Hand surgery (microsurgery)

Microsurgery is an invasive method of repair that deals with incidents related to the hand, such as injuries and natural lesions of the hand. The hand is made up of tendons, ligaments, nerves, blood vessels, bones and joints that stimulate hand movement and the sense of touch. But the malfunction or injury of one of them implies the creation of adverse diseases. Some diseases, acquired or congenital, are the following:

Carpal tunnel syndrome:

this is a condition that currently afflicts a large part of the population mainly due to the practice of a manual profession. This is the high pressure to which the median nerve in the carpal tunnel is compressed. The median nerve mobilizes the muscles of the hand allowing them to flex the fingers and offers a sense of contact with other objects. However, the pressure exerted centrally at the height of the palm creates numbness and tingling in the thumb, the index finger, the middle finger and the middle of the ring finger. When the pain is unbearable and there is an inability to hold objects, then the condition requires surgery to decompress the median nerve by making an incision in the transverse ligament.

Dupuytren’s disease:

this is an inherited condition that occurs in middle-aged people. It is the formation of a lump (nodule) in the area of ​​the palm that causes the palmar aponeurosis contraction and therefore the gradual flexion of the fingers inwards of the palm. When the sclerosis has spread and there is an inability to extend the fingers that makes everyday life difficult, then it is necessary to perform the surgery by making an incision in the scar tissue. Many times, a skin transplant is performed at the same time which will replace the affected tissues of the palm.

Trigger finger (stenosing tenosynovitis):

this is a condition that causes stiffness and a feeling of the finger locking during its bending or extension. It essentially affects the inner membrane of the flexor tendon sheath, so that they cannot slip through the synovial lining. When conservatory treatment is not effective and there is permanent stiffness or loss of function of the finger, surgery is advisable with a small incision in the palm to release the A1 pulley that will stimulate its resumption of function.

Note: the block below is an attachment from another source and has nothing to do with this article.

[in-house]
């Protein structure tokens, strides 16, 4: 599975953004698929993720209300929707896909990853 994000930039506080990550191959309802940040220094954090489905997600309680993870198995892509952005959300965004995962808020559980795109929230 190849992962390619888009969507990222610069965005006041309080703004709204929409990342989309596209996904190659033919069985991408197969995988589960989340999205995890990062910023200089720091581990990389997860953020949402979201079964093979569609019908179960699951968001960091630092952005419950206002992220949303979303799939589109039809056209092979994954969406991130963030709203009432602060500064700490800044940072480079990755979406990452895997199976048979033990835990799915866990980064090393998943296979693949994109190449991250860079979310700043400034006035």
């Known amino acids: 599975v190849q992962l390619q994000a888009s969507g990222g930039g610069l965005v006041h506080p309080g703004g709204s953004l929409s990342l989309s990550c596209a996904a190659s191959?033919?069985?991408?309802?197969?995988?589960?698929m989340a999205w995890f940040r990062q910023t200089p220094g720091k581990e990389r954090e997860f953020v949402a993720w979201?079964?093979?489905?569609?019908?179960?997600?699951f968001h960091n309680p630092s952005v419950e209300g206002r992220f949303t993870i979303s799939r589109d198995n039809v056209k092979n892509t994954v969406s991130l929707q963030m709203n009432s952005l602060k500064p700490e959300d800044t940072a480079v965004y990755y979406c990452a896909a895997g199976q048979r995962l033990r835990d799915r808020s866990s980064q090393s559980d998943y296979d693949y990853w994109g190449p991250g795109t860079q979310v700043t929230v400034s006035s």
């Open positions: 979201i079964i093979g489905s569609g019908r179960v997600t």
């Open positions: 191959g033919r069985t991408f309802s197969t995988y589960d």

• Are the surgeries painful?

During the postoperative period, pain is observed, which can be mild to severe, depending on the type of surgery. In each case, antibiotics and special painkillers are given that can relieve the patient of discomfort and encourage a shorter recovery.


  • What complications may occur?

Most surgeries involve risks that, thanks to the modernization of medical instruments and the experience of the Plastic Surgeon and their team, can be overcome. The most common complications are infection, delayed recovery, loss of sensation or movement of the fingers, and blood clots.


  • After surgery

The recovery period after a hand surgery can often significantly affect and determine the recovery and reactivation of the hand. It largely depends on the type of surgery performed and the cause that led to this condition. For a certain period of time, a bandage or splint is applied to the hand to immobilize it and speed up the healing rate. To restore the optimal function of the hand, physiotherapy treatment is also recommended. It is important to follow all instructions given postoperatively by the doctor and other specialists involved in the treatment.

Get proper and responsible information from the Plastic Surgeon Akis G. Karamatsoukis.

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LAMIA CLINIC – Averof 17, /  P.:22310 51054 / M.: 6977 367 491
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